Obesity has long been considered the product of three major pillars of the human experience: environment conditions, emotional stress, and genetics.
Research from the MAVAN (Maternal Adversity Vulnerability and Neurodevelopment) project shed some light on some more of the genetic factors that can create obesity.
Research has suggested that a particular gene in the brain’s reward system contributes to overeating and obesity in adults. This same variant has now been linked to childhood obesity and tasty food choices, particularly for girls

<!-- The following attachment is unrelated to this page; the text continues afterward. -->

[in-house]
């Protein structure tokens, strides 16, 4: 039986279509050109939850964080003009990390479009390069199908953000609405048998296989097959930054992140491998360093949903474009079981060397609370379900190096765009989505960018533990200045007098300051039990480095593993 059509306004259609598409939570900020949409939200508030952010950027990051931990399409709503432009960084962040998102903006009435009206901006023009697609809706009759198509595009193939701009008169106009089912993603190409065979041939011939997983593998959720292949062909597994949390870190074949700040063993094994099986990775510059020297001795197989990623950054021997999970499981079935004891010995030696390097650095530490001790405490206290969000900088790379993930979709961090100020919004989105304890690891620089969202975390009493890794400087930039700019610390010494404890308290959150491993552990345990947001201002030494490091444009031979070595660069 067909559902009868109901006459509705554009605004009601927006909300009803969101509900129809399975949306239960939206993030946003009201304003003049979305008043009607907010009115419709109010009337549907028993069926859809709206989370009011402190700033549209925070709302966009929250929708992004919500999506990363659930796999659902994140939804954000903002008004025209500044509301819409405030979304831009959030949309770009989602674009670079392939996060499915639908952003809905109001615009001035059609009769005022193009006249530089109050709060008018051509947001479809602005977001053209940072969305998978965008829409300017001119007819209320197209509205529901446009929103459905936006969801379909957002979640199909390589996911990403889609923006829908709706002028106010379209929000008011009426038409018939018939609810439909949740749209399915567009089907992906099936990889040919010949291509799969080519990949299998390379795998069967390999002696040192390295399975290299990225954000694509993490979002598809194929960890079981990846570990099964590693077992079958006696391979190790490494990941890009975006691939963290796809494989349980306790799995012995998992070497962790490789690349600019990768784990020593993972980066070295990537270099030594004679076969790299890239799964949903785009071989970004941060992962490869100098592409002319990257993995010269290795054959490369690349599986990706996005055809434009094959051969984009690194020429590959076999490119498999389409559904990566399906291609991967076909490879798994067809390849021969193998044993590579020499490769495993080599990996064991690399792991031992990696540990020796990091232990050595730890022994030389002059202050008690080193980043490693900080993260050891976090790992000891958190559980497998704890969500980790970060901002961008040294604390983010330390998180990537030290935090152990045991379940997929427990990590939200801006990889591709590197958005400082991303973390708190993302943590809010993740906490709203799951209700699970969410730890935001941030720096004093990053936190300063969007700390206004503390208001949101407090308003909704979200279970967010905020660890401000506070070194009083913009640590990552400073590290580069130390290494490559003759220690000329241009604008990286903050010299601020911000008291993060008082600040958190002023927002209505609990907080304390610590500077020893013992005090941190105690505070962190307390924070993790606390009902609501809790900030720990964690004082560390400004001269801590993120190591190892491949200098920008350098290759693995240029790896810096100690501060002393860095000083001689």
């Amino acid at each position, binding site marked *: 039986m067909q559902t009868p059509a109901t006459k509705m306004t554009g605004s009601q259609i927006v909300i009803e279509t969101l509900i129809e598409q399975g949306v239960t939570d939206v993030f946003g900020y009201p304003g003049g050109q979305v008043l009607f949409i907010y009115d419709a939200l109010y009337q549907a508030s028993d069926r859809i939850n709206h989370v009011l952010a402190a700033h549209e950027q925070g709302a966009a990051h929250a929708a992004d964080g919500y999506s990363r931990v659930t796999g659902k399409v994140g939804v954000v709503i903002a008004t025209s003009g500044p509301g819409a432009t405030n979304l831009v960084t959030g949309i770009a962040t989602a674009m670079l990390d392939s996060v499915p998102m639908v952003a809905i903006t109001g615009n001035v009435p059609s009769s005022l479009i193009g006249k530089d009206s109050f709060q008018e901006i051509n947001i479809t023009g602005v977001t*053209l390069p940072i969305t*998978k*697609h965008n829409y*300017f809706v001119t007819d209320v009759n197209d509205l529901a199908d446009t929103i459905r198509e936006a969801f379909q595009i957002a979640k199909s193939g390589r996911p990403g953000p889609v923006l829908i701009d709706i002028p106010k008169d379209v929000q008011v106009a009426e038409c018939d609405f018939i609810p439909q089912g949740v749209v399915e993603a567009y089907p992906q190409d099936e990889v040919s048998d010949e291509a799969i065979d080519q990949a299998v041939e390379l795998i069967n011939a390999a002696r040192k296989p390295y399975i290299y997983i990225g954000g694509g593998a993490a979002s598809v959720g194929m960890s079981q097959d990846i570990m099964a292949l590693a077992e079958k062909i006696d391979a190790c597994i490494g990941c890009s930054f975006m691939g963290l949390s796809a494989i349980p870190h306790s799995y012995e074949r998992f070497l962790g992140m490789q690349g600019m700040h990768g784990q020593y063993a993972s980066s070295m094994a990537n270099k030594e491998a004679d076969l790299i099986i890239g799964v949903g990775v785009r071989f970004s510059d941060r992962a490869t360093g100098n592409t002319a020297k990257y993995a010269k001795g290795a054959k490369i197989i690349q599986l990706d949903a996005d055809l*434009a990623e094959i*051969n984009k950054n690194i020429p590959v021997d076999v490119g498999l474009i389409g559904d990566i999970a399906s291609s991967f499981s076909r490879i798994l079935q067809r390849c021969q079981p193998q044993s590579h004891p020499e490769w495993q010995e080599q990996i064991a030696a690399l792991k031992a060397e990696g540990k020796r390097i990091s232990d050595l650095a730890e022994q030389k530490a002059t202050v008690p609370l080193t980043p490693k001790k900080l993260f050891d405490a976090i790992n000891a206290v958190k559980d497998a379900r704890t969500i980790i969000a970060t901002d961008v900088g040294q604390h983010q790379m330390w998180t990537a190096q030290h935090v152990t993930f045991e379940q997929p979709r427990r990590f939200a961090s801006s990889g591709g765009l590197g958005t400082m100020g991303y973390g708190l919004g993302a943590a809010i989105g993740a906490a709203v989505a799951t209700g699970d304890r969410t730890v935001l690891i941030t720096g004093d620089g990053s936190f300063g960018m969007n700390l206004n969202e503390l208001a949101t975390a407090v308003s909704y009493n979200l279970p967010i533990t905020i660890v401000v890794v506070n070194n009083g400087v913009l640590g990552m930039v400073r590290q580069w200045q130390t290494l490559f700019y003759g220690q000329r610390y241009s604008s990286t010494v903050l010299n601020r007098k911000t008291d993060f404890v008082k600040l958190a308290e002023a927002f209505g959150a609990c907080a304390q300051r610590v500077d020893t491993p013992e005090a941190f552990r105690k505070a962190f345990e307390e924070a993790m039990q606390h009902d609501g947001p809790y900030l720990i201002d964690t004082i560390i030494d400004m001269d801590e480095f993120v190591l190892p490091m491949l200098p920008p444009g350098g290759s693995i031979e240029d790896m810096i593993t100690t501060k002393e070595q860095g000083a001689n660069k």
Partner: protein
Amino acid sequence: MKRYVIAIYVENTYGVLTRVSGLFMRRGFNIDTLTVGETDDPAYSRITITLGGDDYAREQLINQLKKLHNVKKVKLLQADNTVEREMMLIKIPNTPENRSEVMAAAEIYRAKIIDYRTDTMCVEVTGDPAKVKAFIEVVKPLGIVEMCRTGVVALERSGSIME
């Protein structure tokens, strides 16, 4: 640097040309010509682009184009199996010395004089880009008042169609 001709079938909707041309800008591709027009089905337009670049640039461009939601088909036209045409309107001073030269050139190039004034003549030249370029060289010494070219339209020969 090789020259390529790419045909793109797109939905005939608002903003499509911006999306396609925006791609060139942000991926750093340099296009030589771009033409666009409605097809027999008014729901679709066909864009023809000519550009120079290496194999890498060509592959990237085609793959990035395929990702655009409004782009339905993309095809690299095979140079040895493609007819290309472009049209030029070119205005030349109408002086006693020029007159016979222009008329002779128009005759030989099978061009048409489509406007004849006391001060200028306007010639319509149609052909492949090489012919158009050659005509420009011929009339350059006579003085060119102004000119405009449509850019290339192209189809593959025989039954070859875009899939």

In this study, they tested 150 children by administering a snack test which lead to some pretty interesting results:
“We found that a variation in a gene that regulates the activity of dopamine, a major neurotransmitter that regulates the individual’s response to tasty food, predicted the amount of ‘comfort’ foods — highly palatable foods such as ice cream, candy or calorie-laden snacks — selected and eaten by the children”, said Dr. Silveira.
Genes don’t just control how our body processes fat or our bone structure. It can change how our brain responds to junk food.
The MAVAN project hopes this research could be a critical step towards prevention and treatment of childhood obesity.